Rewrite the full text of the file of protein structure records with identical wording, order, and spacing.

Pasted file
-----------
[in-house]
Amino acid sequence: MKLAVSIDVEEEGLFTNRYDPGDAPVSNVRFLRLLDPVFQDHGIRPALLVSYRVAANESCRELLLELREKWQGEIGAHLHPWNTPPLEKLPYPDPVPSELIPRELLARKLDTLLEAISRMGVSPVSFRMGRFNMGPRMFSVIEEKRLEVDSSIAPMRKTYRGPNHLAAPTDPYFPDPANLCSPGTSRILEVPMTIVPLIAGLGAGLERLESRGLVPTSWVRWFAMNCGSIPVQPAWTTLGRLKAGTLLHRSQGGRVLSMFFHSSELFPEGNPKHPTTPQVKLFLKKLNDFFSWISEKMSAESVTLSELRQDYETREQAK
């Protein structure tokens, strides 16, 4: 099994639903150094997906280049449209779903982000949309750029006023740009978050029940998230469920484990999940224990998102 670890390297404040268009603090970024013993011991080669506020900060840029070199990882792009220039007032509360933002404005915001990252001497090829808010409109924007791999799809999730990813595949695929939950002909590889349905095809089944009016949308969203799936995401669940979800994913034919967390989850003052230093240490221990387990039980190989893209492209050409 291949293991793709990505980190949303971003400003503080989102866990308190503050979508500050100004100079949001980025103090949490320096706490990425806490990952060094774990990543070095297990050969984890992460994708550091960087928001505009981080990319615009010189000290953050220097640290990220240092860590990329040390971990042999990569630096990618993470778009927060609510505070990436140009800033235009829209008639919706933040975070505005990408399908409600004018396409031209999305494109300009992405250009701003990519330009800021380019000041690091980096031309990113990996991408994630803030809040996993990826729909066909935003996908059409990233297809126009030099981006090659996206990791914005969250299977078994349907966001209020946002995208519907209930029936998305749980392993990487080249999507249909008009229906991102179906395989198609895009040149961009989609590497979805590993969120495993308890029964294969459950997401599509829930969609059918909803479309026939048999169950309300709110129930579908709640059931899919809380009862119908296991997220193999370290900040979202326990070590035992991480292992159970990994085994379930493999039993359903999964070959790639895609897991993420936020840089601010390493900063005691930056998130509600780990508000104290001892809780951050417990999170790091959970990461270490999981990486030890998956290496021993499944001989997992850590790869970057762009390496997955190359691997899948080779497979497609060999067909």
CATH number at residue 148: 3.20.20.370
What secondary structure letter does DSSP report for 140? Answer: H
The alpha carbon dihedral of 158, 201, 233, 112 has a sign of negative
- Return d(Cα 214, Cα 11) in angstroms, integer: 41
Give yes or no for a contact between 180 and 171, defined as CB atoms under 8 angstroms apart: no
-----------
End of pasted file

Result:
[in-house]
Amino acid sequence: MKLAVSIDVEEEGLFTNRYDPGDAPVSNVRFLRLLDPVFQDHGIRPALLVSYRVAANESCRELLLELREKWQGEIGAHLHPWNTPPLEKLPYPDPVPSELIPRELLARKLDTLLEAISRMGVSPVSFRMGRFNMGPRMFSVIEEKRLEVDSSIAPMRKTYRGPNHLAAPTDPYFPDPANLCSPGTSRILEVPMTIVPLIAGLGAGLERLESRGLVPTSWVRWFAMNCGSIPVQPAWTTLGRLKAGTLLHRSQGGRVLSMFFHSSELFPEGNPKHPTTPQVKLFLKKLNDFFSWISEKMSAESVTLSELRQDYETREQAK
């Protein structure tokens, strides 16, 4: 099994639903150094997906280049449209779903982000949309750029006023740009978050029940998230469920484990999940224990998102 670890390297404040268009603090970024013993011991080669506020900060840029070199990882792009220039007032509360933002404005915001990252001497090829808010409109924007791999799809999730990813595949695929939950002909590889349905095809089944009016949308969203799936995401669940979800994913034919967390989850003052230093240490221990387990039980190989893209492209050409 291949293991793709990505980190949303971003400003503080989102866990308190503050979508500050100004100079949001980025103090949490320096706490990425806490990952060094774990990543070095297990050969984890992460994708550091960087928001505009981080990319615009010189000290953050220097640290990220240092860590990329040390971990042999990569630096990618993470778009927060609510505070990436140009800033235009829209008639919706933040975070505005990408399908409600004018396409031209999305494109300009992405250009701003990519330009800021380019000041690091980096031309990113990996991408994630803030809040996993990826729909066909935003996908059409990233297809126009030099981006090659996206990791914005969250299977078994349907966001209020946002995208519907209930029936998305749980392993990487080249999507249909008009229906991102179906395989198609895009040149961009989609590497979805590993969120495993308890029964294969459950997401599509829930969609059918909803479309026939048999169950309300709110129930579908709640059931899919809380009862119908296991997220193999370290900040979202326990070590035992991480292992159970990994085994379930493999039993359903999964070959790639895609897991993420936020840089601010390493900063005691930056998130509600780990508000104290001892809780951050417990999170790091959970990461270490999981990486030890998956290496021993499944001989997992850590790869970057762009390496997955190359691997899948080779497979497609060999067909």
CATH number at residue 148: 3.20.20.370
What secondary structure letter does DSSP report for 140? Answer: H
The alpha carbon dihedral of 158, 201, 233, 112 has a sign of negative
- Return d(Cα 214, Cα 11) in angstroms, integer: 41
Give yes or no for a contact between 180 and 171, defined as CB atoms under 8 angstroms apart: no